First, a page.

Subscribe to our free How They Lived newsletter

You’ll get a remembrance of Tampa Bay residents we’ve lost, including heartwarming and amusing details about their lives, every Tuesday.

You’re all signed up!

Want more of our free, weekly newsletters in your inbox? Let’s get started.

Explore all your options

Investigators would find the couple’s Jeep Cherokee abandoned at a business not far from the crime scene. They would find the vintage Chevrolet pickup at the complex where Deparvine lived.

“This wasn’t done because this defendant was angry or disliked the Van Dusens,” said Assistant State Attorney Michelle Doherty. “This was done solely to steal their truck.”

Assistant State Attorney Michelle Doherty questions potential jurors during the death penalty resentencing of William Deparvine at the George Edgecomb Courthouse in Tampa on Thursday.
Assistant State Attorney Michelle Doherty questions potential jurors during the death penalty resentencing of William Deparvine at the George Edgecomb Courthouse in Tampa on Thursday. [ ARIELLE BADER | Special to the Times ]

Doherty said Deparvine tried to frame someone else, leaving a stolen driver’s license belonging to a man who lived in his apartment complex near the couple’s abandoned Jeep. Investigators identified Deparvine’s DNA inside the Jeep.

Although his guilt is not in question, prosecutors spent much of Monday morning rehashing the evidence of the crime. Retired Hillsborough detectives described the crime scene and the investigation that led to Deparvine.

The jury heard that Deparvine had previously spent time in prison for an arson conviction. In the late 1980s, he had a dispute over rent payments with a tenant at a property he managed. He decided to resolve it by surrounding her home with gasoline late at night and setting it ablaze.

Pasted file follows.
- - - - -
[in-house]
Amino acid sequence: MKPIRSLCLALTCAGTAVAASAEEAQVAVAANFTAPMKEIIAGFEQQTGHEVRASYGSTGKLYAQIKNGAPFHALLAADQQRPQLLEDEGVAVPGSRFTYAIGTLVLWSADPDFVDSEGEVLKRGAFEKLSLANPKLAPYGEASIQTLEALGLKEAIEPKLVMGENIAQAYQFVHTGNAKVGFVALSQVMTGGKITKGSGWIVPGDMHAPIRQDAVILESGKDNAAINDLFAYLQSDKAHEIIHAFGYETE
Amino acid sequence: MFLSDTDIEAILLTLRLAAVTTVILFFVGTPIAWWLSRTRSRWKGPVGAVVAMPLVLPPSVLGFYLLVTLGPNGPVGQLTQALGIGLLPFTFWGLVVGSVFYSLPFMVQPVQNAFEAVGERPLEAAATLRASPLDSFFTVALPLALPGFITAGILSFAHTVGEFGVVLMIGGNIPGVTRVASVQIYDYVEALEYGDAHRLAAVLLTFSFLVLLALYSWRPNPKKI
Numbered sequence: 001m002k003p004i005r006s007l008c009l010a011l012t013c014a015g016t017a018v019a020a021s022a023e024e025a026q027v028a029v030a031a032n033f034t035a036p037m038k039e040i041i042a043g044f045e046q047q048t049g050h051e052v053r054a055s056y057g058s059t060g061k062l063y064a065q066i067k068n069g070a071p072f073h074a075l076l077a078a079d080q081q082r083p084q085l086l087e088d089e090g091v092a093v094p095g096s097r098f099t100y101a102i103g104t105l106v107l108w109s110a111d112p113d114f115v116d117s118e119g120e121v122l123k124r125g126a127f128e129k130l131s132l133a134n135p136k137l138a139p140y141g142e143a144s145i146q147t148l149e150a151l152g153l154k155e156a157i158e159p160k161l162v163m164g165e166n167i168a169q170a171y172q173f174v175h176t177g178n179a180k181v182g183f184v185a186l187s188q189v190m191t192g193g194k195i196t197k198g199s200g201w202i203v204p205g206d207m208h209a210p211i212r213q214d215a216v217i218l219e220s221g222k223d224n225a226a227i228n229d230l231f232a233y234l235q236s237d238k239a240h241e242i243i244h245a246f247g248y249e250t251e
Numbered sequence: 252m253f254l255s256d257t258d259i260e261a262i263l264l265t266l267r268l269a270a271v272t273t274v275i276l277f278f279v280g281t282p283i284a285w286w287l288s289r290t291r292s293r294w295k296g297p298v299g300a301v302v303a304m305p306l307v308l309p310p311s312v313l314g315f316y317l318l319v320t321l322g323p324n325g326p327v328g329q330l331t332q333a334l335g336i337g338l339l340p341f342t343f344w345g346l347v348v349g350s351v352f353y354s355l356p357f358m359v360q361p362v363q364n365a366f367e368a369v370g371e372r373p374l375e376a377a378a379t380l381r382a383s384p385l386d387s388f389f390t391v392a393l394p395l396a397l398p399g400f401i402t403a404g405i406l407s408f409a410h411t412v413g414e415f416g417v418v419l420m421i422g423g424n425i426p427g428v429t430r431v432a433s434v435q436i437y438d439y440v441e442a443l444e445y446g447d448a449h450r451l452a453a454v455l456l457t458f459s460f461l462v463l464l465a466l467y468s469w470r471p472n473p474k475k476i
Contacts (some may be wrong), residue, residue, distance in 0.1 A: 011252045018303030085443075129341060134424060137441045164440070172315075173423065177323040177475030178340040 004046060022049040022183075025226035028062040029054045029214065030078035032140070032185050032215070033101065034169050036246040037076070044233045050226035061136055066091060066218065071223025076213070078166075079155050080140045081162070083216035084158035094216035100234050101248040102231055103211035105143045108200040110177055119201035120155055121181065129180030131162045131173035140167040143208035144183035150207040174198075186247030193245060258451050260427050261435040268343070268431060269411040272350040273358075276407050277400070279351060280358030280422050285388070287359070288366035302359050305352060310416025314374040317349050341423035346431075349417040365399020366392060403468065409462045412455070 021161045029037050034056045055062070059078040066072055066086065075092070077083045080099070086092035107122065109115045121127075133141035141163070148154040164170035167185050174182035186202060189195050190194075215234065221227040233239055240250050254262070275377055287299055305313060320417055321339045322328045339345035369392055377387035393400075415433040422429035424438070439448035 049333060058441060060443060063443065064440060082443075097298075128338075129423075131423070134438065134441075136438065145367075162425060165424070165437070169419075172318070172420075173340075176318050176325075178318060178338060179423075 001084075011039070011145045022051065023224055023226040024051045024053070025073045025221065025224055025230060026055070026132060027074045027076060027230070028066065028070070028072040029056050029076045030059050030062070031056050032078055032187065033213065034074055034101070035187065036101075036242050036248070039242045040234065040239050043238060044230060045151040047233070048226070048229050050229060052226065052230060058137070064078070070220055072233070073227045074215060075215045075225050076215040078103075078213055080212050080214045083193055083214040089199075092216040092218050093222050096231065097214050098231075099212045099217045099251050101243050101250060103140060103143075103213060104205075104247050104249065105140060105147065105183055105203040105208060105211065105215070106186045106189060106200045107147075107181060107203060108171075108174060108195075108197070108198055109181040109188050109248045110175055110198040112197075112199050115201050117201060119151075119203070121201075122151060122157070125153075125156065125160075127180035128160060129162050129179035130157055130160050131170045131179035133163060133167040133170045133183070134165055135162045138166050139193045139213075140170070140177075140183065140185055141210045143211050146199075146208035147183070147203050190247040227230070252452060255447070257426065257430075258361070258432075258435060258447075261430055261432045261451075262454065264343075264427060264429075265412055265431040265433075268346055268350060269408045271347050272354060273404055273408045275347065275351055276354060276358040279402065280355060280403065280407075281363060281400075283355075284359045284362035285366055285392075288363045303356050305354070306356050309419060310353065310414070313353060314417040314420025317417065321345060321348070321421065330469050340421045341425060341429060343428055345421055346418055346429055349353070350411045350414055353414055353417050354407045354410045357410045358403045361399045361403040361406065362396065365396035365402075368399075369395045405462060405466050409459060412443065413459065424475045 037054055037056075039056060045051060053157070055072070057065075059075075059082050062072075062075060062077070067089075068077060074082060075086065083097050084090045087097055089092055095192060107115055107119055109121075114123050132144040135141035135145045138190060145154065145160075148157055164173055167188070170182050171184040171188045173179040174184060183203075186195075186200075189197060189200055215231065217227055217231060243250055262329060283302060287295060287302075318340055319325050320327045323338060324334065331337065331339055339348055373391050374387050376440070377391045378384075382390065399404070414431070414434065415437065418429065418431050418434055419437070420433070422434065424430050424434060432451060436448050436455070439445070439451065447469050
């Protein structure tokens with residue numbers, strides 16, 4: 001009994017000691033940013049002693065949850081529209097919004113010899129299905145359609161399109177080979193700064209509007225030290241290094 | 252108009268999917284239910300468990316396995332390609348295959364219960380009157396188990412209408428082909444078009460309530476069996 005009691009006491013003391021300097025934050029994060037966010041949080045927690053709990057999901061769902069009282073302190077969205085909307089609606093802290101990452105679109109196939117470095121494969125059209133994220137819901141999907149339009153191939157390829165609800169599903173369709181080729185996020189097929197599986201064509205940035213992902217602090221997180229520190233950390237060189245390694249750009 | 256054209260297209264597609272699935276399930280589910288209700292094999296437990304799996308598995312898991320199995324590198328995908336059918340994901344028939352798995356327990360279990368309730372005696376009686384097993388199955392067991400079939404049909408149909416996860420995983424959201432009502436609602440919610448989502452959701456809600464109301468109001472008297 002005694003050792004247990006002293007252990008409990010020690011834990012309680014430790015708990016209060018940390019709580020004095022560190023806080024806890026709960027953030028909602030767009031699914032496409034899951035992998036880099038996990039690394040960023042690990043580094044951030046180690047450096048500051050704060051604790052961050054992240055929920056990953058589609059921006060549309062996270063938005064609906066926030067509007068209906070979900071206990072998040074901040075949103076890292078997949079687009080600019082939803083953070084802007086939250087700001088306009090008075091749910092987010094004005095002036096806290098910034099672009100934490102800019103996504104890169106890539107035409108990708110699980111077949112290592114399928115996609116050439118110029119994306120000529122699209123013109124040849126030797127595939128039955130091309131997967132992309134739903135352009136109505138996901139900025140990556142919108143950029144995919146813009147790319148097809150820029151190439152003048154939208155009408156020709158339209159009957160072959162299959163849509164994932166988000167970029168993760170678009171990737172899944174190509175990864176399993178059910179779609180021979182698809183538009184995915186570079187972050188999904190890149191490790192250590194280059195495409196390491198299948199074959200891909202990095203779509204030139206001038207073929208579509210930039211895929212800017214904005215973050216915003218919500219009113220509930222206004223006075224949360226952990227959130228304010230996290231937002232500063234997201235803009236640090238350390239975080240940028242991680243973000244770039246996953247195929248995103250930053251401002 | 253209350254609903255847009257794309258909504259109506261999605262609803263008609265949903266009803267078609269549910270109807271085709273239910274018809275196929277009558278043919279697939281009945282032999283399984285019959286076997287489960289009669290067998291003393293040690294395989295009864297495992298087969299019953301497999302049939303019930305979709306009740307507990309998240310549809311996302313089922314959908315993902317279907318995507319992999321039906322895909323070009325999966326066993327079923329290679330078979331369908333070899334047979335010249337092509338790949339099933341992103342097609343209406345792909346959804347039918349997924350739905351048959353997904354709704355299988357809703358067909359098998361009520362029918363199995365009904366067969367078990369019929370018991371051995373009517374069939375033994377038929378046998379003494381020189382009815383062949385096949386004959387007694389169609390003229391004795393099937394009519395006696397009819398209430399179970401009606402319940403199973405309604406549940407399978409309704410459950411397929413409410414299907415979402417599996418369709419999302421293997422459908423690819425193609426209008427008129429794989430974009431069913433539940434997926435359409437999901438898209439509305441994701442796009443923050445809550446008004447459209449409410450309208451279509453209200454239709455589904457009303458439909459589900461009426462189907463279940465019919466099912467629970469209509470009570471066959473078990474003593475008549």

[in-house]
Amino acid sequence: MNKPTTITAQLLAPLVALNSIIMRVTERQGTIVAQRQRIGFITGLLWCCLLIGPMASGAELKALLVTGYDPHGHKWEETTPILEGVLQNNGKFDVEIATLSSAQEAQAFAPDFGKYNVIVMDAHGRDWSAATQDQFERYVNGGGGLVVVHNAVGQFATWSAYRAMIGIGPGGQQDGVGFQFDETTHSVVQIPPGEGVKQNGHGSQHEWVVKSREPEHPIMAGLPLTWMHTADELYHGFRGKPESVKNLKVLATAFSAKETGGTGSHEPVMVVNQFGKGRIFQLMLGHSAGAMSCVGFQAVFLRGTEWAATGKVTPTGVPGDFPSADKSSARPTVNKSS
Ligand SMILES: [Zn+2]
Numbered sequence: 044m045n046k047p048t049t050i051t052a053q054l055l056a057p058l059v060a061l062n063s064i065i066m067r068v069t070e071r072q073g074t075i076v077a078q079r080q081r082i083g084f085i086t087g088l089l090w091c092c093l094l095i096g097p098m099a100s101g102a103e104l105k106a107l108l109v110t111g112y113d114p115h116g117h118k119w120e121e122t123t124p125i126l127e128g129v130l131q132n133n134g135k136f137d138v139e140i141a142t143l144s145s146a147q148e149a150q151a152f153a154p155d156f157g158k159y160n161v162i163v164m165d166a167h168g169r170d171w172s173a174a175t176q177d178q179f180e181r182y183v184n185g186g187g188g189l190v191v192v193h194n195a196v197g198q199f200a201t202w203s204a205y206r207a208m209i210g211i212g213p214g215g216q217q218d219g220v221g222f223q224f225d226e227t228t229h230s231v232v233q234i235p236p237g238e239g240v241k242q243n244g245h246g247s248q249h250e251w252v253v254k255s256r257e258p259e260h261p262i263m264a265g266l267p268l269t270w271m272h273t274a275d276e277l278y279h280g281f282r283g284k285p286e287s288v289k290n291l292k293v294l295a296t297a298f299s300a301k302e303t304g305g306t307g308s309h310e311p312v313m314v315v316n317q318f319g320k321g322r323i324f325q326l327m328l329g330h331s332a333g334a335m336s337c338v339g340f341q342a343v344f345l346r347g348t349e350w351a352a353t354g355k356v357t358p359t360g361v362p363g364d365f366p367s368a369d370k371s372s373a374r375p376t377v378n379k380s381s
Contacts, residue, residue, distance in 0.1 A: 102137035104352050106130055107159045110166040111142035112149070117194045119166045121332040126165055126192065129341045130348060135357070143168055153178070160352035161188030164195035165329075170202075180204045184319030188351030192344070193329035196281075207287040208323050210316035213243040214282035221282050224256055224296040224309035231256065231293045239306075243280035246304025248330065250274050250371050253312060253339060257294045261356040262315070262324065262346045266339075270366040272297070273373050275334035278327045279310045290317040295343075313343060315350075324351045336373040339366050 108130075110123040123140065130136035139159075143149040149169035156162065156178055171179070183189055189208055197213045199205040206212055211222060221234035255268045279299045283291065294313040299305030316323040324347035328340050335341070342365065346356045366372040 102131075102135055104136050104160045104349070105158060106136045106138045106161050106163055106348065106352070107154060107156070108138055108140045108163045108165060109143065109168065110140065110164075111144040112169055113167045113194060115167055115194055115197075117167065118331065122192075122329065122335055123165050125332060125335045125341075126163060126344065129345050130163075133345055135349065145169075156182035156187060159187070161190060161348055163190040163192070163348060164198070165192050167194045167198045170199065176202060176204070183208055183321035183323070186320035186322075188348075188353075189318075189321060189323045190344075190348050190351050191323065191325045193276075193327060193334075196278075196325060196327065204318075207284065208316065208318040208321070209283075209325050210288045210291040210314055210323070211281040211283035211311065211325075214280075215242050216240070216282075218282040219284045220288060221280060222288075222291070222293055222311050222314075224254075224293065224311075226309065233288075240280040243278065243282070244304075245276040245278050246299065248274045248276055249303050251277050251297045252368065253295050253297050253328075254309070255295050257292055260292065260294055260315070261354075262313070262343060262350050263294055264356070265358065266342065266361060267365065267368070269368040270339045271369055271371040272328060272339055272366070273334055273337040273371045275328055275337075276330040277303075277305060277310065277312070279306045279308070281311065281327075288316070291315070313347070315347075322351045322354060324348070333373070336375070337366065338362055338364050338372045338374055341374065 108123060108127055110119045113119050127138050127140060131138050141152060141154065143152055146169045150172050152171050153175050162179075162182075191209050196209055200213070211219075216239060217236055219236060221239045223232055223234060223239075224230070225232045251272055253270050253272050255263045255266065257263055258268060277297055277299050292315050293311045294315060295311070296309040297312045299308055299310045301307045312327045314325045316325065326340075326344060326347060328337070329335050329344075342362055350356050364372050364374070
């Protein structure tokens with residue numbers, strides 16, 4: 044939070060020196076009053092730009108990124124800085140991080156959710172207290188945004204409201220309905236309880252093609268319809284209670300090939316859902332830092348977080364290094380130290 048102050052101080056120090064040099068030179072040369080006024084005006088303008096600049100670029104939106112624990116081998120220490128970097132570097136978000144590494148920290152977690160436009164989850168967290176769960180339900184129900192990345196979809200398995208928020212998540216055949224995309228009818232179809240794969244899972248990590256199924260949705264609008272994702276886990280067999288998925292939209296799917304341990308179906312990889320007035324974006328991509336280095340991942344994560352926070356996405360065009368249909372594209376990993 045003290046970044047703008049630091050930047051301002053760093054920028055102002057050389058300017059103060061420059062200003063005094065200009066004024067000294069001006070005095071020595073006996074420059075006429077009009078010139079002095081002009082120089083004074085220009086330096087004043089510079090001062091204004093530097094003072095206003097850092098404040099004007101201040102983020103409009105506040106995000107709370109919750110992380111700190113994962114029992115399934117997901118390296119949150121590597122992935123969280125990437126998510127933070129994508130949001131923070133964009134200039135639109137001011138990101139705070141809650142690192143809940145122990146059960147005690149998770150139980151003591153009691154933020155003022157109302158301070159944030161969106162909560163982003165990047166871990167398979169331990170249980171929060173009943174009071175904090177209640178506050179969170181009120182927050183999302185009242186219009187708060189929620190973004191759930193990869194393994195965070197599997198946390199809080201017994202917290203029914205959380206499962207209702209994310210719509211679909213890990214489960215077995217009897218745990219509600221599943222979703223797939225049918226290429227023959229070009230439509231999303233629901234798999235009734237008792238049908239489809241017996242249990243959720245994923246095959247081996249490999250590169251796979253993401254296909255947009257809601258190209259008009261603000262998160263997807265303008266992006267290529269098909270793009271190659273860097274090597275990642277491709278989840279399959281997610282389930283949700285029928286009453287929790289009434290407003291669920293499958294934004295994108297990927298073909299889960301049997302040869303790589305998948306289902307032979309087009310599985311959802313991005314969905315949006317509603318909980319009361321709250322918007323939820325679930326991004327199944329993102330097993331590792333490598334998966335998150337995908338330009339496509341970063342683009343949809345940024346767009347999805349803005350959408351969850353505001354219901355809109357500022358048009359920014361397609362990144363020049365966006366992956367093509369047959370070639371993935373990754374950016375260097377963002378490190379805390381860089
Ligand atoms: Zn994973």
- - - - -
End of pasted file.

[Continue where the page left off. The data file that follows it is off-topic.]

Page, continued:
Assistant Public Defender Jamie Kane told the panel about the man Deparvine was before he became a convicted murderer.

Deparvine was born in Detroit. He attended public schools and graduated in 1978 from Wayne State University. He married his high school sweetheart and had a son and three daughters. He worked construction, raised a family while attending law school.

The jury will hear from his daughters, Kane said. The defense would offer such details not to excuse what Deparvine did, but because they illuminate the qualities he has exhibited throughout his life.

“You have very, very limited reasons for death,” he said. “But you have infinite reasons for life. And that’s the way it should be.”

William Deparvine listens to jury selection in his death penalty resentencing trial at the George Edgecomb Courthouse in Tampa on Thursday.
William Deparvine listens to jury selection in his death penalty resentencing trial at the George Edgecomb Courthouse in Tampa on Thursday. [ ARIELLE BADER | Special to the Times ]

Florida previously was one of the only states that allowed juries to recommend death sentences if they were less than unanimous. A bare majority of 7-5 was all that was required.

That changed in 2016, when the U.S. Supreme Court struck down Florida’s death penalty law. The law was subsequently rewritten to require unanimity.

The change opened up the possibility of new sentences for some, like Deparvine, who had non-unanimous juries. With some resentenced to life in prison, the state’s death row population, which totaled more than 400 prisoners in 2016, has decreased to 313.

If Deparvine is resentenced to death, it is unlikely he would be executed anytime soon. A new death sentence would restart an appeals process that typically lasts a decade or more. If all appeals were exhausted, it would be up to Florida’s governor to sign a death warrant.

Florida has executed 99 people since 1979. Those executed within the last decade spent an average of about 24 years on death row, according to data from the Department of Corrections.

The state has conducted no executions since 2019.